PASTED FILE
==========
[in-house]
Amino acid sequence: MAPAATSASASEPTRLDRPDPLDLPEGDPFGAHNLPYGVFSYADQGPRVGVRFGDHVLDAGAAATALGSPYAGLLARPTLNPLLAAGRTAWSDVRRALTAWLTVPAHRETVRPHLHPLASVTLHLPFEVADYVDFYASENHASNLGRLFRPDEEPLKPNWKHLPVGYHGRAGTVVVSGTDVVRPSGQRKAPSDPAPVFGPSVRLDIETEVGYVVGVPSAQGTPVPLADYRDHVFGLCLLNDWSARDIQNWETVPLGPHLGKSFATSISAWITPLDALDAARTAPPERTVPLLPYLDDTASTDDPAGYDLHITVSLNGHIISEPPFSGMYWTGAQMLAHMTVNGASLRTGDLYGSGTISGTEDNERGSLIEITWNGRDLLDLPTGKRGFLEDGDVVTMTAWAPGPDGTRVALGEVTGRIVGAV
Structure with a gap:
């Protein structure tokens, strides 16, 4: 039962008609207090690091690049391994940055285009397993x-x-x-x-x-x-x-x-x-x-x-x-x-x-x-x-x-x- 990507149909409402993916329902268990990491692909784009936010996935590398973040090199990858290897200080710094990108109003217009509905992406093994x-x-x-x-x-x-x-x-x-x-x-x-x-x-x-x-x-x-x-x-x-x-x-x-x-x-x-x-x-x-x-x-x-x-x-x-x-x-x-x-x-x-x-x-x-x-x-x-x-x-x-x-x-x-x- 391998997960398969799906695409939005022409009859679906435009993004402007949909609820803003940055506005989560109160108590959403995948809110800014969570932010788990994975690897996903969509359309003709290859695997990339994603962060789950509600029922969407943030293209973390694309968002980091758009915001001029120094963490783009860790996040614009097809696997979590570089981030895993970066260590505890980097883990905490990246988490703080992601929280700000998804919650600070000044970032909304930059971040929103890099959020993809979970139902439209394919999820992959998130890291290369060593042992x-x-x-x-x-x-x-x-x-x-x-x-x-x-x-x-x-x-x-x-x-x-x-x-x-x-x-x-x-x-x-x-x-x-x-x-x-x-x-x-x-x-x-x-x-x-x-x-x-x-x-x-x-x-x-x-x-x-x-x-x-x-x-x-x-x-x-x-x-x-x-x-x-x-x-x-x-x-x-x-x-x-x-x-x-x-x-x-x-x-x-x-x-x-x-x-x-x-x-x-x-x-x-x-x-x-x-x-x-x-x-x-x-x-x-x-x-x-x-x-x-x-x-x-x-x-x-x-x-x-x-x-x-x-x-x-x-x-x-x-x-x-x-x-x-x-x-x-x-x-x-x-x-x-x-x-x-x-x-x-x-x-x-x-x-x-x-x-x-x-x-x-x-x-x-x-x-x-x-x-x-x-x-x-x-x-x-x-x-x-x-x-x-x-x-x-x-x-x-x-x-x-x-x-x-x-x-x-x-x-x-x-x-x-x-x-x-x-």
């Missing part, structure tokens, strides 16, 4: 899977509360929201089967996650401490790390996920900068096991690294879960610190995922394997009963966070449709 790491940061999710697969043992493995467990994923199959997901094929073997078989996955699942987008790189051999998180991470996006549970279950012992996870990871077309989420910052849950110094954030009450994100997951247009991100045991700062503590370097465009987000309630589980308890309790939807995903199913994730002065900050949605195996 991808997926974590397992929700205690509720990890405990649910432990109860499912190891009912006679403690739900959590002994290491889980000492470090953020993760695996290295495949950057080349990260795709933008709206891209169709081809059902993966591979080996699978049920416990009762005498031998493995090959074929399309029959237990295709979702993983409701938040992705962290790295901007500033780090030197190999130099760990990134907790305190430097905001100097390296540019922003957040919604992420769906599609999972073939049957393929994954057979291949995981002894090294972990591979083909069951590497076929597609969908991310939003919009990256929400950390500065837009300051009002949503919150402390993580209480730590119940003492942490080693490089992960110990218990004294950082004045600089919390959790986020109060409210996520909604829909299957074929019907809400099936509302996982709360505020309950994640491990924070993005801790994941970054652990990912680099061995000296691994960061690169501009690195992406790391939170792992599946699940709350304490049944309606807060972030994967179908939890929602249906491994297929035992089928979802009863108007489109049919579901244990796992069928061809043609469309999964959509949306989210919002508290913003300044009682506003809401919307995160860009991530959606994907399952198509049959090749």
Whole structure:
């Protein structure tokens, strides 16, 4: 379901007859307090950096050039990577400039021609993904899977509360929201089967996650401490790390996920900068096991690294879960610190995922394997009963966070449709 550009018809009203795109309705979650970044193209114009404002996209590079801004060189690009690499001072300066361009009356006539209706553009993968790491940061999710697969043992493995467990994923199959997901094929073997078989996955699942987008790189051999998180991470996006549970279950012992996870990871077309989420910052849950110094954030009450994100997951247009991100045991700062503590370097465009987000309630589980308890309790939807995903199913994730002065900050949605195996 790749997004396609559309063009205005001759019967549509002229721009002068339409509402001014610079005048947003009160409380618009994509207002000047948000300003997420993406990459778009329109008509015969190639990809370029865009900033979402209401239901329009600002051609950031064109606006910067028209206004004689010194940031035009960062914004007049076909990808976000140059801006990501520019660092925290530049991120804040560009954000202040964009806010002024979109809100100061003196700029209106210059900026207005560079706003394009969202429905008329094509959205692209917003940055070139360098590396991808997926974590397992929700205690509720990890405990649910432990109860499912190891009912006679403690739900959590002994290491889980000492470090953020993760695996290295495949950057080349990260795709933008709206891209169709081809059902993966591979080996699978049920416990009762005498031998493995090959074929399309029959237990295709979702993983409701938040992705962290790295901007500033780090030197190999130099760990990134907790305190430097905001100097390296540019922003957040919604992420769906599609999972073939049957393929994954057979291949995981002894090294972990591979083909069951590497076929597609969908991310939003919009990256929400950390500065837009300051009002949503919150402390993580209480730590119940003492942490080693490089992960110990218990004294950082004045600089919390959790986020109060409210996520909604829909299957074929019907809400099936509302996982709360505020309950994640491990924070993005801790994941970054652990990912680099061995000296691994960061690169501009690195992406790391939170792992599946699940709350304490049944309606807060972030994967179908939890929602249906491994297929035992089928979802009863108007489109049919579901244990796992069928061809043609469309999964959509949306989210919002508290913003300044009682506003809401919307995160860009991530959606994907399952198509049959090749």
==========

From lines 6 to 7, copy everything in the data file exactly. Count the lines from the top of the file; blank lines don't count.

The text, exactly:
Whole structure:
């Protein structure tokens, strides 16, 4: 379901007859307090950096050039990577400039021609993904899977509360929201089967996650401490790390996920900068096991690294879960610190995922394997009963966070449709 550009018809009203795109309705979650970044193209114009404002996209590079801004060189690009690499001072300066361009009356006539209706553009993968790491940061999710697969043992493995467990994923199959997901094929073997078989996955699942987008790189051999998180991470996006549970279950012992996870990871077309989420910052849950110094954030009450994100997951247009991100045991700062503590370097465009987000309630589980308890309790939807995903199913994730002065900050949605195996 790749997004396609559309063009205005001759019967549509002229721009002068339409509402001014610079005048947003009160409380618009994509207002000047948000300003997420993406990459778009329109008509015969190639990809370029865009900033979402209401239901329009600002051609950031064109606006910067028209206004004689010194940031035009960062914004007049076909990808976000140059801006990501520019660092925290530049991120804040560009954000202040964009806010002024979109809100100061003196700029209106210059900026207005560079706003394009969202429905008329094509959205692209917003940055070139360098590396991808997926974590397992929700205690509720990890405990649910432990109860499912190891009912006679403690739900959590002994290491889980000492470090953020993760695996290295495949950057080349990260795709933008709206891209169709081809059902993966591979080996699978049920416990009762005498031998493995090959074929399309029959237990295709979702993983409701938040992705962290790295901007500033780090030197190999130099760990990134907790305190430097905001100097390296540019922003957040919604992420769906599609999972073939049957393929994954057979291949995981002894090294972990591979083909069951590497076929597609969908991310939003919009990256929400950390500065837009300051009002949503919150402390993580209480730590119940003492942490080693490089992960110990218990004294950082004045600089919390959790986020109060409210996520909604829909299957074929019907809400099936509302996982709360505020309950994640491990924070993005801790994941970054652990990912680099061995000296691994960061690169501009690195992406790391939170792992599946699940709350304490049944309606807060972030994967179908939890929602249906491994297929035992089928979802009863108007489109049919579901244990796992069928061809043609469309999964959509949306989210919002508290913003300044009682506003809401919307995160860009991530959606994907399952198509049959090749």